Enhanced Surveillance Activities

Enhanced surveillance for human arboviral disease cases should be considered when environmental or human surveillance suggests that an outbreak is suspected or anticipated. Educating healthcare providers and infection control nurses about the need for arbovirus testing and reporting of all suspected cases could increase the sensitivity of the surveillance system. This might be accomplished by distributing print materials, participating in local hospital meetings and grand rounds, and providing lectures/seminars. Public health agencies should also work to establish guidelines and protocols with local blood collection agencies for reporting viremic blood donors. At the end of the year, an active review of medical records and laboratory results from local hospitals and associated commercial laboratories should be conducted to identify any previously unreported cases. In addition, an active review of appropriate records from blood collection agencies could be conducted to identify any positive donors that were not reported.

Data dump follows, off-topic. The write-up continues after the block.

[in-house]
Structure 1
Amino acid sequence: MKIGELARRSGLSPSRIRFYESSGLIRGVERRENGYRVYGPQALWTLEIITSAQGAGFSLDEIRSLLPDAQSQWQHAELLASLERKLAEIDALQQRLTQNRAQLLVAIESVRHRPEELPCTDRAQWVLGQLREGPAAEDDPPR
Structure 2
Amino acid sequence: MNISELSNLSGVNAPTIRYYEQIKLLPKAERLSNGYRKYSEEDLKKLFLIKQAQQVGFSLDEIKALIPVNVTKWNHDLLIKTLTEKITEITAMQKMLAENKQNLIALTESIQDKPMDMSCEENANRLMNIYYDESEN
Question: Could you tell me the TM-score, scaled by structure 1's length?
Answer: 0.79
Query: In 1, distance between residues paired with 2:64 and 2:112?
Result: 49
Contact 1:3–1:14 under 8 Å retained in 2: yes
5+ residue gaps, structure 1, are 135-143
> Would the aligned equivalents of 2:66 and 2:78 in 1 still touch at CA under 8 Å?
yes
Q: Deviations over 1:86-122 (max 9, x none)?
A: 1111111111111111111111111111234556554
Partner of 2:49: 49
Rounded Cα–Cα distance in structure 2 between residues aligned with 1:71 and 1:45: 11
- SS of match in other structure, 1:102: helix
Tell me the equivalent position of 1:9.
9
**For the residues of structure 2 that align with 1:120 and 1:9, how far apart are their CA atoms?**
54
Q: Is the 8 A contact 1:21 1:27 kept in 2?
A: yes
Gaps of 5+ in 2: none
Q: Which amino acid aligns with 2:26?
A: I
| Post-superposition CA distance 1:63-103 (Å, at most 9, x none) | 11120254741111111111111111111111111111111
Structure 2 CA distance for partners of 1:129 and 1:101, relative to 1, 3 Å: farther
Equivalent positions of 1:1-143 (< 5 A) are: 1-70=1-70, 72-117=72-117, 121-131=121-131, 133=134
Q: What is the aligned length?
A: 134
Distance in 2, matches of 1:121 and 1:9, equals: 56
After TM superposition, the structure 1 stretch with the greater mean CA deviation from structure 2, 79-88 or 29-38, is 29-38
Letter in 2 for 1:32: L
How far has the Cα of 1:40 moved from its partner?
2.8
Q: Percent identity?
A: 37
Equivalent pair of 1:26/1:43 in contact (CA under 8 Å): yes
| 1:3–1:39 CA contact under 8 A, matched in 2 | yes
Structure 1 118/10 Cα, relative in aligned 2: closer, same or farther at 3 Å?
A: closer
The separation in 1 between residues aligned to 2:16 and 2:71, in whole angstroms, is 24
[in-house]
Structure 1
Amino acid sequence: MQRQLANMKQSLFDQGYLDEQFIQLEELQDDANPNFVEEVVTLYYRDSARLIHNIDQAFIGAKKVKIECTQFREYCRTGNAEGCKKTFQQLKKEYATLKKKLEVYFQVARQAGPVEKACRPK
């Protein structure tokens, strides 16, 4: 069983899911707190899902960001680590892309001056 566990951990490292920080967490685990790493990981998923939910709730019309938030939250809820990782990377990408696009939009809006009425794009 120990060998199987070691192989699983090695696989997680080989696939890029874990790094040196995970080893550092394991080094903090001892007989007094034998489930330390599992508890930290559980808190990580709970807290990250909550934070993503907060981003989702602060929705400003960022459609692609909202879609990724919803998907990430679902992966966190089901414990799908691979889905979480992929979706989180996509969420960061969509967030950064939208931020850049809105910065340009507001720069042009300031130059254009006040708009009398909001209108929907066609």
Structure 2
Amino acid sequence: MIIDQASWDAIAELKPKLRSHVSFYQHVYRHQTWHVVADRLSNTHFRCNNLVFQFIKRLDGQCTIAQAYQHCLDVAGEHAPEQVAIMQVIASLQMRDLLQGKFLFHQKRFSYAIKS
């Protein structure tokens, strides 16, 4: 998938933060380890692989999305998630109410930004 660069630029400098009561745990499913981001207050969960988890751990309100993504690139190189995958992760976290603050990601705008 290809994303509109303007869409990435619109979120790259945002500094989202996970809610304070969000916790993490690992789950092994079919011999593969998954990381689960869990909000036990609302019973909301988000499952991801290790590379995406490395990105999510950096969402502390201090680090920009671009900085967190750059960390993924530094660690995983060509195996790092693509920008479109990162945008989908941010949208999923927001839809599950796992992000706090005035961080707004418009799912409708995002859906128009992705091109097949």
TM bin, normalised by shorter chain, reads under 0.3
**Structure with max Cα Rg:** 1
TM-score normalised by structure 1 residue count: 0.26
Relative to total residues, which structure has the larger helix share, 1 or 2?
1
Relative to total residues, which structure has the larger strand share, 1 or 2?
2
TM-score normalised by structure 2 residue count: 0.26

Vector-based Surveillance

Vector surveillance is an integral component of an Integrated Vector Management (IVM) program and is the primary tool for quantifying virus transmission and human risk. The principal functions of a mosquito-based surveillance program are to:

  • Collect data on mosquito population abundance and virus infection rates in those populations.
  • Provide indicators of the threat of human infection and identify geographic areas of high-risk.
  • Support decisions regarding the need for and timing of intervention activities (e.g. enhanced vector surveillance and control, use of new technologies and public education programs).
  • Monitor the effectiveness of vector control methods, including susceptibility of target mosquitoes to control methods used.